2. Are you taking time to rest? Not just to check your Facebook or spending time in the shower, but REALLY resting?
3. Are you taking care of yourself physically? Are you eating in a way that fuels your body correctly and exercising enough to have energy for your tasks?
4. Are you making your hygiene a priority? Are you taking a shower, doing your hair, putting on whatever level of makeup you enjoy, and wearing clothes that appropriate for the public?
5. Are you engaged in community with other Christian women? Are you having regular conversations with other adults and taking time to foster your relationships?
6. Are you trying to make your kids happy? Are you spending the majority of your day feeling pressure to entertain little ones and trying to fulfill their desires?
7. Are you primarily identifying yourself as a mom? Are you actively remembering that you are first a child of God in Christ, then a wife, and then a mom? Are you making motherhood an idol?
8. Are you looking for ways to serve and help your husband during the day? Are you seeing your time at home as a valuable commitment to him as well as your children?
9. Are you using your gifts, talents, and passions? Are you spending time cultivating and creatively using those gifts (baking, crafting, gardening, writing, teaching, writing, reading, etc.) along with your other roles and responsibilities?
10. Are you putting too much emphasis on your to-do list? Are you feeling defeated daily by the ongoing tasks instead of keeping them in the right perspective?
11. Are you comparing yourself to other moms? Are you feeling down about what God has called you to specifically? Are you convinced that he has something unique for you, or do you aspire to be someone else?
12. Are you being poured into by an older, godly woman? Are you getting practical help in the areas that discourage you?
13. Are you pouring into other women? Are you teaching and encouraging other women in the body where you have gifts and strengths?
14. Are you having quality time with your husband? Are you making it a priority to go on dates and have a healthy marriage?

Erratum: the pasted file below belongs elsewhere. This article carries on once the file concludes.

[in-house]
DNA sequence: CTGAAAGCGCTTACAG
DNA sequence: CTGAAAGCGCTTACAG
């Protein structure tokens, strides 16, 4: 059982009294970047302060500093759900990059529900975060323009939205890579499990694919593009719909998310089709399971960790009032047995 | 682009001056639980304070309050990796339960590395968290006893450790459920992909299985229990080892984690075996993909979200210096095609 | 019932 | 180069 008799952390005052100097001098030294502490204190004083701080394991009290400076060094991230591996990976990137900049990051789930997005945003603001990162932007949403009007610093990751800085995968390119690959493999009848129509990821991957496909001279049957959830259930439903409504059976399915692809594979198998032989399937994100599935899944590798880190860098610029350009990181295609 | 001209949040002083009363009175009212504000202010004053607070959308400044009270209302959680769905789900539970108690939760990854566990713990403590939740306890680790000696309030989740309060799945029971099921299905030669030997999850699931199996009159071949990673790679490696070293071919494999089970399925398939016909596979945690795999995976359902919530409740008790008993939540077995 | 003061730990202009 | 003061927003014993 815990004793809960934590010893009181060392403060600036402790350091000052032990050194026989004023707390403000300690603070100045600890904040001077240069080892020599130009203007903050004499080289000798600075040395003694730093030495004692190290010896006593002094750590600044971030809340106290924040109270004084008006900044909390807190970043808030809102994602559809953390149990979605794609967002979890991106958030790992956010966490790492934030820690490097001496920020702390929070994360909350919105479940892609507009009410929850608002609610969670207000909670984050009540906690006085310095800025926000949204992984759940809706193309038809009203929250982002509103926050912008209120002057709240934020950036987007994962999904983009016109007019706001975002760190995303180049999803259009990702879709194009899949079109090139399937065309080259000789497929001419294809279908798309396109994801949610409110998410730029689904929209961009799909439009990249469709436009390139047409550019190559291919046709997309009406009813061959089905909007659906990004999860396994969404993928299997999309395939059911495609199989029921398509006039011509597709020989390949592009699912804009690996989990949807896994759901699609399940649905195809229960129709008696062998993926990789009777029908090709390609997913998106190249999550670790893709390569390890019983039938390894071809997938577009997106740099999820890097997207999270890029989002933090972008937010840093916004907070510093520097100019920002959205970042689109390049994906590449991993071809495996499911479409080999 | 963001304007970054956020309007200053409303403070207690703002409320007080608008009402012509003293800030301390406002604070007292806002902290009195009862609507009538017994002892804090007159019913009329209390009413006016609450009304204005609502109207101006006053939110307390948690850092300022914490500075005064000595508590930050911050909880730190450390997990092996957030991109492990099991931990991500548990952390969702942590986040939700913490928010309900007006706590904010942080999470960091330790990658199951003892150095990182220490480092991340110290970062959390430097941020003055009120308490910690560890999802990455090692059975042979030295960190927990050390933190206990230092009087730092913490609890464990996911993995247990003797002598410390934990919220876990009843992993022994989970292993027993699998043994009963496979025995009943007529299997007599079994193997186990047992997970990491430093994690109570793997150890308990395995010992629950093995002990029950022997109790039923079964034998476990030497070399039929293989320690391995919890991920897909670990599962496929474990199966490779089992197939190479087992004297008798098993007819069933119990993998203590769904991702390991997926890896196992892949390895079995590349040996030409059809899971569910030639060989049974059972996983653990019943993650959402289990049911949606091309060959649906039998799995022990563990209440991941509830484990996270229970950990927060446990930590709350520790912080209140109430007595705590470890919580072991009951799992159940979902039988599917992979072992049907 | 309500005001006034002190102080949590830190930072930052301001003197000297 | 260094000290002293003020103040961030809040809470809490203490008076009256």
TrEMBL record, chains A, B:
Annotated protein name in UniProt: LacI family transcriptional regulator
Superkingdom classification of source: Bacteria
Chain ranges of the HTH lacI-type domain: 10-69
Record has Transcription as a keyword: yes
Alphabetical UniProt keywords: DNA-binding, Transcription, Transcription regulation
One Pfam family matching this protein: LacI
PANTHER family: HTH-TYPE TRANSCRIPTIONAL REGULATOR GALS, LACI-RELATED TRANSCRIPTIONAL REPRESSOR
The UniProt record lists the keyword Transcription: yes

15. Are you deepening your knowledge of the bible? Are you studying scripture in a way that brings you joy and wisdom? Are you challenging yourself mentally?
Once again, this isn't meant to prescribe what you should do, nor is it meant to convince anyone that they should be a SAHM. My intent isn't to enter the mommy wars, but to encourage women who have already chosen to be primarily at home with children, that you don't have to settle for discontentment. I have not arrived, I don't have it all together, and I wish I lived more in light of the truths I shared. This is a journey that is constantly changing and I'm thankful for God's continual mercy on my life. Being a SAHM mom, more than many other things, has caused me to really root my identity deep in Jesus, and for that, I'm thankful. And if you get nothing else from this, I hope that next time you (or I) are in a moment of discontentment, it's a red flag that we must run to the cross to rightly understand who we are and how we can live out our purpose.
Also - the winner of The Gospel-Centered Mom giveaway is Rachel Pereira! Congrats Rachel! I've sent you a FB message to claim your prizes.
If you didn't win, I would still highly encourage ordering a copy of this study for yourself - especially if you are still feeling really confused about the gospel, and how it applies to motherhood.